Microplastics pose a huge threat to aquatic life, particularly large filter feeders such as whale sharks, manta rays, and baleen whales . A new study by an international team of researchers led by the Marine Megafauna Foundation (MMF) and Murdoch University identifies risks faced by these marine giants from an insidious form of plastic pollution known as microplastics. Filter feeders are at particular risk because of their constant sifting through ocean water to capture their micro-plankton prey. These large creatures play an important role in oceanic ecosystems and huge problems in the food chain could arise if they were to become threatened or even extinct due to escalating threats. While much remains unknown about the specific impacts of ingesting microplastics, evidence suggests that plastic ingestion, whether directly or through eating animals that have consumed plastics, can lead to toxicity in fish and birds. The effects on large, filter feeders is even less understood, a knowledge gap that the study authors urgently sought to address. “Understanding the effects of microplastic pollution on filter-feeding megafauna is imperative because nearly half of the mobulid rays, two-thirds of filter-feeding sharks , and over one quarter of baleen whales are listed by the IUCN as globally threatened species and prioritized for conservation,” wrote the study authors . Related: Over 200 nations commit to ending ocean plastic waste Incorporating a review of data from related research, the new study identifies microplastic “hotspots,” such as the Gulf of Mexico, the Bay of Bengal, the Coral Triangle, and the Mediterranean Sea , as areas where filter feeders gather in high numbers likely due to plentiful food sources. This unfortunate confluence of plankton and plastic pollution has led to filter feeders consuming significant amounts of microplastics, with fin whales estimated to consume up to 2,000 plastic particles per day. While a greater understanding of the problem is helpful, this new research also emphasizes the sorely needed action needed to prevent further harm from plastic pollution to ocean life, large and small. Via IFLScience Images via Depositphotos (1)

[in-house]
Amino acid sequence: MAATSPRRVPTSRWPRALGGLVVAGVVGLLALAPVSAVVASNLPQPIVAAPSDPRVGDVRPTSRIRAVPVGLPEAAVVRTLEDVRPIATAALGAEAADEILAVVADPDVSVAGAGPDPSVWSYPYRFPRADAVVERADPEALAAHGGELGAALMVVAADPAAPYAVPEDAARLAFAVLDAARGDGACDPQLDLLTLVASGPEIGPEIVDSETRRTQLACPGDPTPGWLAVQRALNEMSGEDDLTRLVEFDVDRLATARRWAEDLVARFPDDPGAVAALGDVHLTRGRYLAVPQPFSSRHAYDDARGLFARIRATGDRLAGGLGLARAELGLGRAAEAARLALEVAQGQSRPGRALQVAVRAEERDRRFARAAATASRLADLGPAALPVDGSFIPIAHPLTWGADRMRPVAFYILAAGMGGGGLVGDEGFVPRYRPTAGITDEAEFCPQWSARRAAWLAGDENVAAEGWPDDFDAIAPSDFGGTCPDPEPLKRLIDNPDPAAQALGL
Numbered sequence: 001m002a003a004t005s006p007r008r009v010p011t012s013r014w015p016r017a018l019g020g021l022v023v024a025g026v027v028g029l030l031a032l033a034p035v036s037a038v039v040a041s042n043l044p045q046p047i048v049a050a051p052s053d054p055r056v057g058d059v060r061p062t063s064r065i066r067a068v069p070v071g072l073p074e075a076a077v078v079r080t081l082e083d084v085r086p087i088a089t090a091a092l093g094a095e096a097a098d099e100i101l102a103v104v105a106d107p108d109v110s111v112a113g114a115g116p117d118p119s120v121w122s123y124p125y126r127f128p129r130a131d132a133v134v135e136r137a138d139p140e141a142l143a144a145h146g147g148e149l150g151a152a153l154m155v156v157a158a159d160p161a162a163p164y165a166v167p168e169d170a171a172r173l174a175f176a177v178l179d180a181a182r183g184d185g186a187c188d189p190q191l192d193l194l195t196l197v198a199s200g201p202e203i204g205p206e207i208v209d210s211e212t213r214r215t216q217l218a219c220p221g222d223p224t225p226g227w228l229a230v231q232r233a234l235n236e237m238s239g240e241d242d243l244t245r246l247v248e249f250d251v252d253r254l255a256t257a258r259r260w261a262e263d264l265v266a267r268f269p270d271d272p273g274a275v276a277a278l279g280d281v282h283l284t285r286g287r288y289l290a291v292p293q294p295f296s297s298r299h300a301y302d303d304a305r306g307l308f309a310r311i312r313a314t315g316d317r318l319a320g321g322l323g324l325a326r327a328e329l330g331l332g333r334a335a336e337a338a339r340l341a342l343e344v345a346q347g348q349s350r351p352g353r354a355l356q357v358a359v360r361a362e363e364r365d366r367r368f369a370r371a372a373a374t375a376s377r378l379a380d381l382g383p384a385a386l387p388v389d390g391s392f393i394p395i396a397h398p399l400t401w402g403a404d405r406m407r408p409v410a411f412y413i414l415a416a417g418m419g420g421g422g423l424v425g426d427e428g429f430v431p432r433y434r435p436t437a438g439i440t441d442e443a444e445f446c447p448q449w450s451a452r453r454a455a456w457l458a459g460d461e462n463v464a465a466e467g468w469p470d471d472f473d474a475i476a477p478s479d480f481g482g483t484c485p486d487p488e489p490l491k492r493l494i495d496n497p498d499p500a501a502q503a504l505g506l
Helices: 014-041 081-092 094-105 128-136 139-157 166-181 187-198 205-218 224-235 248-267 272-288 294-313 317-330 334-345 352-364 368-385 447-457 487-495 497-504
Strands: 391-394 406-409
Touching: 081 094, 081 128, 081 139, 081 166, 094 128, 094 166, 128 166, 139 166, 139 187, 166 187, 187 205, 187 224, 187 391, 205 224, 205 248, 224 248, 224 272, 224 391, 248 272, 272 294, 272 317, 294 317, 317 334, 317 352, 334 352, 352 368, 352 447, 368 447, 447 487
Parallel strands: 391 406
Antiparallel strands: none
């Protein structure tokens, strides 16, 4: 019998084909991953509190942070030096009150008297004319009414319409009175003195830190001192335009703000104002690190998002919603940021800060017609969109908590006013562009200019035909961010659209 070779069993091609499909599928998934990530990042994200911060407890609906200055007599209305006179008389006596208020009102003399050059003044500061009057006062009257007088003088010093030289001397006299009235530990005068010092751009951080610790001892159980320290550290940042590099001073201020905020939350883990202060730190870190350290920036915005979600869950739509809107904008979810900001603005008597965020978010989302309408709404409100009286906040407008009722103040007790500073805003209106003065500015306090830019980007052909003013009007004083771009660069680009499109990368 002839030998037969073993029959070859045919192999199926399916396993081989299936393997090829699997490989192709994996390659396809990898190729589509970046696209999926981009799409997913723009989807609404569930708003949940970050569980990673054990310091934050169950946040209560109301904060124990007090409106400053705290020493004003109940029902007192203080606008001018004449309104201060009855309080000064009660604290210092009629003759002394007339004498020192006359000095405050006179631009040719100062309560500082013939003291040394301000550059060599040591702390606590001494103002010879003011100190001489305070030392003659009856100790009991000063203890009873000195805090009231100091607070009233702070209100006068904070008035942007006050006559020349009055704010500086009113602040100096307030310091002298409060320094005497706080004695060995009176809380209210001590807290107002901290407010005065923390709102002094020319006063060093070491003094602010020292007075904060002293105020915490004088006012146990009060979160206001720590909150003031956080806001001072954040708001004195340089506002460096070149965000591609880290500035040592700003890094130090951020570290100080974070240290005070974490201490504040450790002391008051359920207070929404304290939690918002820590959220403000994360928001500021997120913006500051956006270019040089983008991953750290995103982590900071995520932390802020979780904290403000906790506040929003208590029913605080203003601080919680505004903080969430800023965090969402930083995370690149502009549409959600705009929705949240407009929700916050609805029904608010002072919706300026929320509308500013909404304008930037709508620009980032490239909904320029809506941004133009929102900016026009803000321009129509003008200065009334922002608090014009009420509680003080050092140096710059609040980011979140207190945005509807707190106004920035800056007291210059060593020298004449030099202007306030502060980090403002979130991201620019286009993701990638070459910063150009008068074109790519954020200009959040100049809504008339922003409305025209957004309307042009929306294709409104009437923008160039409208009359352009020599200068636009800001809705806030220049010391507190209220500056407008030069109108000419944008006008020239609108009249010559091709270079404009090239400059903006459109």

Excerpt from: 
Microplastic pollution poses particular threat to filter-feeding rays, sharks and whales

An enormous amount of mercury is buried beneath the melting Arctic permafrost

February 6, 2018 by  
Filed under Eco, Green

Comments Off on An enormous amount of mercury is buried beneath the melting Arctic permafrost

Scientists have learned that a massive amount of mercury is currently encased within the Arctic permafrost — which could have significant ramifications for ecological and human health beyond the far North. “This discovery is a game-changer,” Paul Schuster, study lead author and hydrologist at the U.S. Geological Survey in Boulder  told AGU . “We’ve quantified a pool of mercury that had not been done previously, and the results have profound implications for better understanding the global mercury cycle.” Of particular concern is the permafrost -enclosed mercury’s relationship to a warming climate. Schuster said, “There would be no environmental problem if everything remained frozen, but we know the Earth is getting warmer.” In a study published in  Geophysical Research Letters , a journal of the American Geophysical Union , scientists recorded mercury concentrations within permafrost cores in Alaska and extrapolated how much of it is estimated to have been trapped in northern permafrost since the last Ice Age. The researchers found that permafrost soils of the north contain the largest store of mercury on the planet, nearly twice as much as all other soils, the ocean, and the atmosphere combined. The mercury originally became trapped within the permafrost when atmospheric mercury bonded to organic material in the soil, then became frozen, stuck until melting. Related: Scientists puzzle over mysterious disappearance of mercury from Utah’s Great Salt Lake The release of large quantities of the element, which can negatively impact the reproductive and neurological health of animals , becomes more likely as the permafrost thaws. One concern is that it could contaminate waterways, where it could be absorbed by microorganisms and converted into methylmercury, a dangerously toxic form. While such a massive surge of mercury could affect ecosystems far south of the Arctic, its effects would be felt acutely by local communities. “Rural communities in Alaska and other northern areas have a subsistence lifestyle, making them vulnerable to methylmercury contaminating their food supply,” Edda Mutter, science director for the Yukon River Inter-Tribal Watershed Council, told AGU . “Food sources are important to the spiritual and cultural health of the natives, so this study has major health and economic implications for this region of the world.” To better understand the risks, the research team plans to produce another study that models the potential impact of the mercury’s release on the global mercury cycle and ecological health. Via AGU Images via  Schuster et al./GRL/AGU and Depositphotos

Continued here: 
An enormous amount of mercury is buried beneath the melting Arctic permafrost

Polar bears could go extinct sooner than scientists previously thought

February 5, 2018 by  
Filed under Green

Comments Off on Polar bears could go extinct sooner than scientists previously thought